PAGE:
However, this strategy can have substantial negative impacts on poverty issue by local people.  The eviction of former occupiers or right holders in land or resources can cause the exacerbation of poverty, as well contravention of legal or human rights.

It is clear, those who gathered from the forest and coast sites are a minority— the most marginalized and traditional forest and coastal dwellers that truly depend on the resource.  Therefore, if their activity upon the forest and coast sites will be restricted, and their access to the resource is prohibited, we should provide them with alternative livelihood.  It is unfair to control their usage on the resource where they have lived and interacted since their ancestors’ time.

It is widely accepted that biodiversity loss and poverty are linked problems and that conservation and poverty reduction should be tackled together. However, success with integrated strategies is elusive. So, what we can do in dealing with this complicated situation?

The following alternative might be considered in a way of biodiversity use and biodiversity conservation.

Firstly, biological sustainability is not alone a sufficient condition for use.  Therefore, provide economic or social incentives should be considered, because conservation is also considered a tool for achieving poverty reduction, with the sustainable use of natural resources being a foundation of strategies for achieving poverty reduction and social justice.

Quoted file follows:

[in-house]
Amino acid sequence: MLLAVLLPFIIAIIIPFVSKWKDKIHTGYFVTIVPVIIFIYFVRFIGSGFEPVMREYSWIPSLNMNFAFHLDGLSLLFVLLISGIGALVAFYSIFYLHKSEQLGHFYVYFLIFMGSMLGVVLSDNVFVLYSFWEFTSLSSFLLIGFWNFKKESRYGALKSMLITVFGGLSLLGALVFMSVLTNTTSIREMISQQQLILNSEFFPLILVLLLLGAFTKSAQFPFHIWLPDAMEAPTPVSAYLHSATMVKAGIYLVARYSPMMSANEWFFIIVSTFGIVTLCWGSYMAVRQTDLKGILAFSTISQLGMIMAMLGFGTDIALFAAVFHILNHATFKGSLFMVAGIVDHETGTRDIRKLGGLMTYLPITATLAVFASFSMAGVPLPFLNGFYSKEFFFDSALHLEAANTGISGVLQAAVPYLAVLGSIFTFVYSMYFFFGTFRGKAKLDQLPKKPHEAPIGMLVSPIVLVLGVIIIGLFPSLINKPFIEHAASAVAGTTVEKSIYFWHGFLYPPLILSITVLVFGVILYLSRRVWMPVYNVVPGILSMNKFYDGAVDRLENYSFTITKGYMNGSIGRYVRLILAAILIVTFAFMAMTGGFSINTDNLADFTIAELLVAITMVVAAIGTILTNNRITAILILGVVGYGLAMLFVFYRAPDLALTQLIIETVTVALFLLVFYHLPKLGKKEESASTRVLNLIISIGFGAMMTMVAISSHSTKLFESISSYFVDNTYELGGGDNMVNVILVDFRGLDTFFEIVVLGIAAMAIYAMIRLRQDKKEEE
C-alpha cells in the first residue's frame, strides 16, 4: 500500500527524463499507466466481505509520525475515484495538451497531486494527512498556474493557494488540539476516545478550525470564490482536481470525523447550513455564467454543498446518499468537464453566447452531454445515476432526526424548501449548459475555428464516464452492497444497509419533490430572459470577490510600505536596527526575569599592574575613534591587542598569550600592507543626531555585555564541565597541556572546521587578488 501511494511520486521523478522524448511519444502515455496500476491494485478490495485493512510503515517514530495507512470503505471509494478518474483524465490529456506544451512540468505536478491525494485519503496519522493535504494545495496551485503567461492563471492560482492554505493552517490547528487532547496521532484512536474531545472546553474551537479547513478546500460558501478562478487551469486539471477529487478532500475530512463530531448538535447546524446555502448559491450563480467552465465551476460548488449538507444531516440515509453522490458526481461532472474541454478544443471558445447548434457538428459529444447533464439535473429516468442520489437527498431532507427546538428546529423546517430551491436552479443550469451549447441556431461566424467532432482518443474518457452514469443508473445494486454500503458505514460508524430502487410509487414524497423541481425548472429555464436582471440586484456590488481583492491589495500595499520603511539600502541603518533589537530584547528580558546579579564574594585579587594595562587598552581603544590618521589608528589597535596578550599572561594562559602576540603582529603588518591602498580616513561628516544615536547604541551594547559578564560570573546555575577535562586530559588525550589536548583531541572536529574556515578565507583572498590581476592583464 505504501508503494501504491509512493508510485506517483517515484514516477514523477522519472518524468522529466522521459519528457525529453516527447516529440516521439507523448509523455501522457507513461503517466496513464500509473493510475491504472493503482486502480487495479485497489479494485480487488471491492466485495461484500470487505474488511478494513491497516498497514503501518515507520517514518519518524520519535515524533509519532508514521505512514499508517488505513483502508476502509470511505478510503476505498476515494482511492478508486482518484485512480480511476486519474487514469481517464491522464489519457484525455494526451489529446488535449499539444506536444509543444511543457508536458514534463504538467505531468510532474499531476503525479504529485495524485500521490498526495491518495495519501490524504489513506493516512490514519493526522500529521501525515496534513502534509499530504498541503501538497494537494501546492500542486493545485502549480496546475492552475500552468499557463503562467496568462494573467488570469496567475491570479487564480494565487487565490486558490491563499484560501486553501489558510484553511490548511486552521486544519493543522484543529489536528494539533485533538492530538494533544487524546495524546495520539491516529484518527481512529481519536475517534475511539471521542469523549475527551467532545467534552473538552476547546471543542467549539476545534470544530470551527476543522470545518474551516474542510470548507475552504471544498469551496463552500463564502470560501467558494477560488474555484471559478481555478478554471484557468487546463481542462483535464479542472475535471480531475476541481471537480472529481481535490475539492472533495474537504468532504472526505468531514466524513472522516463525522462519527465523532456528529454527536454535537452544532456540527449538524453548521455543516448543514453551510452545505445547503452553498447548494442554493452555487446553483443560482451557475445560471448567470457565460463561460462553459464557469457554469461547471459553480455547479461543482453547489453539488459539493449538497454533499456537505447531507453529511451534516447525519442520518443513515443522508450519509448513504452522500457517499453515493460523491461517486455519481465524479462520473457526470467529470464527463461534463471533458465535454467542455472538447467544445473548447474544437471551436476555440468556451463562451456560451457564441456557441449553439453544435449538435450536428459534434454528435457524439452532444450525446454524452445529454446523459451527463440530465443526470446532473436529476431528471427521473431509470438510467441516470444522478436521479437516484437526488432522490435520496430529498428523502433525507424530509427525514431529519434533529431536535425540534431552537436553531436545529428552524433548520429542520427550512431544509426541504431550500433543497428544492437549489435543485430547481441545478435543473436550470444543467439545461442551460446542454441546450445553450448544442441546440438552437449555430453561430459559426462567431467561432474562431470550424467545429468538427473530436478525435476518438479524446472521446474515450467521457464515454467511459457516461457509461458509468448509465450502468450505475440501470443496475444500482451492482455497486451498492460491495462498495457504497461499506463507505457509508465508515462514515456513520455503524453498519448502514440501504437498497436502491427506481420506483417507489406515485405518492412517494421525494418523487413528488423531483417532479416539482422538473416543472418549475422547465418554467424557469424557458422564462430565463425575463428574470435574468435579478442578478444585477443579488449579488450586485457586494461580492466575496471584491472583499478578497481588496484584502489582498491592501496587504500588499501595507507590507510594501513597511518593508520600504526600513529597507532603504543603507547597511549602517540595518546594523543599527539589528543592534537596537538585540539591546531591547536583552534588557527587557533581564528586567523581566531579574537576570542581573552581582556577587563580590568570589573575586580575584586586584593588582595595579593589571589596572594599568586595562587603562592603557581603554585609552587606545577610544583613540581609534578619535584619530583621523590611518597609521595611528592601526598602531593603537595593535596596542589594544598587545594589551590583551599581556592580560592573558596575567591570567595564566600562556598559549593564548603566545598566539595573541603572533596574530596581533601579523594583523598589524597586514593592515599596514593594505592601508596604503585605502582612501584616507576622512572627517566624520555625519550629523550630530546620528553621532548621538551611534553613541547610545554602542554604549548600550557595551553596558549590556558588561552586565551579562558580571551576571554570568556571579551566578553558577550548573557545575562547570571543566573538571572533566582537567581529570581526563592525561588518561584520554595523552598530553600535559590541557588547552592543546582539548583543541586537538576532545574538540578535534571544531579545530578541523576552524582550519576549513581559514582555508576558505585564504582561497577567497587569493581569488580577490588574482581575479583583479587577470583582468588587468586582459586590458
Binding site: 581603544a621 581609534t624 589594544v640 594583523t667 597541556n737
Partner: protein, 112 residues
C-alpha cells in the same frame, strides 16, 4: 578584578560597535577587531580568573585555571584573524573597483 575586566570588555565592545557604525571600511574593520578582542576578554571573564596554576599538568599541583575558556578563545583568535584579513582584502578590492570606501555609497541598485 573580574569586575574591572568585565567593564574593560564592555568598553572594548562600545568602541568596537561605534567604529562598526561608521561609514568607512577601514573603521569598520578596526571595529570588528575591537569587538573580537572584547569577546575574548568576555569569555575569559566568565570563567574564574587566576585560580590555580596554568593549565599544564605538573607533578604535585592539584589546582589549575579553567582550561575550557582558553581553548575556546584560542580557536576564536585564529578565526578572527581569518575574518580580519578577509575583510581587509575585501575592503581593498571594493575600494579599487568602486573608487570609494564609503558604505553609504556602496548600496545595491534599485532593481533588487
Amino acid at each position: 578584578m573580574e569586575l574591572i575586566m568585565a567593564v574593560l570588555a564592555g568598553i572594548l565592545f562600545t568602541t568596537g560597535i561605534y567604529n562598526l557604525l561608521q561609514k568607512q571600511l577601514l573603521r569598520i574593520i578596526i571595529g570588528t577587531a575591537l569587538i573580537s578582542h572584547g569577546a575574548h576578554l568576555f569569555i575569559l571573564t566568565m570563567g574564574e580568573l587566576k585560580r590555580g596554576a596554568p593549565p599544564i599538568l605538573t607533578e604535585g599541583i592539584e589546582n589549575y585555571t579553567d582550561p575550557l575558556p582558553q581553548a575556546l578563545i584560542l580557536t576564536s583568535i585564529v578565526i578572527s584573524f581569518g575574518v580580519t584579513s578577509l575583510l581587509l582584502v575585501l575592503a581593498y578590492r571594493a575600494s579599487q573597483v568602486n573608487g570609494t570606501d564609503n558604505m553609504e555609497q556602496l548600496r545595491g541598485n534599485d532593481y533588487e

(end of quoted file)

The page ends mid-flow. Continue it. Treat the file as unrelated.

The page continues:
Secondly, as the principle of “ecosystem approach” adopted by Convention on Biological Diversity (CBD) is widely ratified, those who interested in resource conservation, whether their focus is human welfare or biodiversity conservation should be concerned with addressing sustainable use rather than dismissing it as impossible to achieve.  Conservation in response to this position tends toward the maintenance of yields of harvestable species and ecosystems rather than the preservation of biodiversity.

Thirdly, a more harmonies understanding of the different concepts that are currently encompassed within the term sustainable use should be implemented through the adoption of the term ‘incentive-driven-conservation’ which suppose to have high return to local communities.

The links between biodiversity and livelihoods, and between conservation and poverty reduction, are dynamic and locally specific.  The elimination of poverty and the preservation of biodiversity are two distinct objectives. Each may be driven by different moral agendas, but there is considerable overlap in practice.

The larger challenge is to allow human society to meet its potential and share the fruits of economic growth while sustaining a biosphere that not only sustains full ecological functions but retains its living diversity.

About the authors:

Agustina Y.S. Arobaya (Faculty of Forestry Universitas Negeri Papua, Manokwari); Freddy Pattiselanno (Faculty of Animal Science, Fishery and Marine Sciences Universitas Negeri Papua, Manokwari)